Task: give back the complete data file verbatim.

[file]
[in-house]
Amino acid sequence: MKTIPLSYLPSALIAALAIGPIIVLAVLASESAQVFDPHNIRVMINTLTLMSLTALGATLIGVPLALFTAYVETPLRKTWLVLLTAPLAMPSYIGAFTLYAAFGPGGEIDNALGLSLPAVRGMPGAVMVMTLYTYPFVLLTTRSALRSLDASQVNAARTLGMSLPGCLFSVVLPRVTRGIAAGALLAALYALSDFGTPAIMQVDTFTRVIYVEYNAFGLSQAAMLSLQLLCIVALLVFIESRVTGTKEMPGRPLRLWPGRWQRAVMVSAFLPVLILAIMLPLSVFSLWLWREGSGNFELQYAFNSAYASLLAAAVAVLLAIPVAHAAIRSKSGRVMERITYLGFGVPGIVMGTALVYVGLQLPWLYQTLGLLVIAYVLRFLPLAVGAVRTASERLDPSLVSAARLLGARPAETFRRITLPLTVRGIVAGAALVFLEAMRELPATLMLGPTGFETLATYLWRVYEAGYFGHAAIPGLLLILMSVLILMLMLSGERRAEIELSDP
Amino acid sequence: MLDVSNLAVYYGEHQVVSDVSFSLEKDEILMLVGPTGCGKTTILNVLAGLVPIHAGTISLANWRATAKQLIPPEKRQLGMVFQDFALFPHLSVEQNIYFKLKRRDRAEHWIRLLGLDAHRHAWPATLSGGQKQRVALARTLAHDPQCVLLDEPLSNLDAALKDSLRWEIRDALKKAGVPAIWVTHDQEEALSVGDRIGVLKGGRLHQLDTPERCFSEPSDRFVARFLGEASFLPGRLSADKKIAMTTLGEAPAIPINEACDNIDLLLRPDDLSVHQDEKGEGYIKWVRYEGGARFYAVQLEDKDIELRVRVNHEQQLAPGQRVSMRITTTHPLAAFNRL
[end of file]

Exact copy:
[in-house]
Amino acid sequence: MKTIPLSYLPSALIAALAIGPIIVLAVLASESAQVFDPHNIRVMINTLTLMSLTALGATLIGVPLALFTAYVETPLRKTWLVLLTAPLAMPSYIGAFTLYAAFGPGGEIDNALGLSLPAVRGMPGAVMVMTLYTYPFVLLTTRSALRSLDASQVNAARTLGMSLPGCLFSVVLPRVTRGIAAGALLAALYALSDFGTPAIMQVDTFTRVIYVEYNAFGLSQAAMLSLQLLCIVALLVFIESRVTGTKEMPGRPLRLWPGRWQRAVMVSAFLPVLILAIMLPLSVFSLWLWREGSGNFELQYAFNSAYASLLAAAVAVLLAIPVAHAAIRSKSGRVMERITYLGFGVPGIVMGTALVYVGLQLPWLYQTLGLLVIAYVLRFLPLAVGAVRTASERLDPSLVSAARLLGARPAETFRRITLPLTVRGIVAGAALVFLEAMRELPATLMLGPTGFETLATYLWRVYEAGYFGHAAIPGLLLILMSVLILMLMLSGERRAEIELSDP
Amino acid sequence: MLDVSNLAVYYGEHQVVSDVSFSLEKDEILMLVGPTGCGKTTILNVLAGLVPIHAGTISLANWRATAKQLIPPEKRQLGMVFQDFALFPHLSVEQNIYFKLKRRDRAEHWIRLLGLDAHRHAWPATLSGGQKQRVALARTLAHDPQCVLLDEPLSNLDAALKDSLRWEIRDALKKAGVPAIWVTHDQEEALSVGDRIGVLKGGRLHQLDTPERCFSEPSDRFVARFLGEASFLPGRLSADKKIAMTTLGEAPAIPINEACDNIDLLLRPDDLSVHQDEKGEGYIKWVRYEGGARFYAVQLEDKDIELRVRVNHEQQLAPGQRVSMRITTTHPLAAFNRL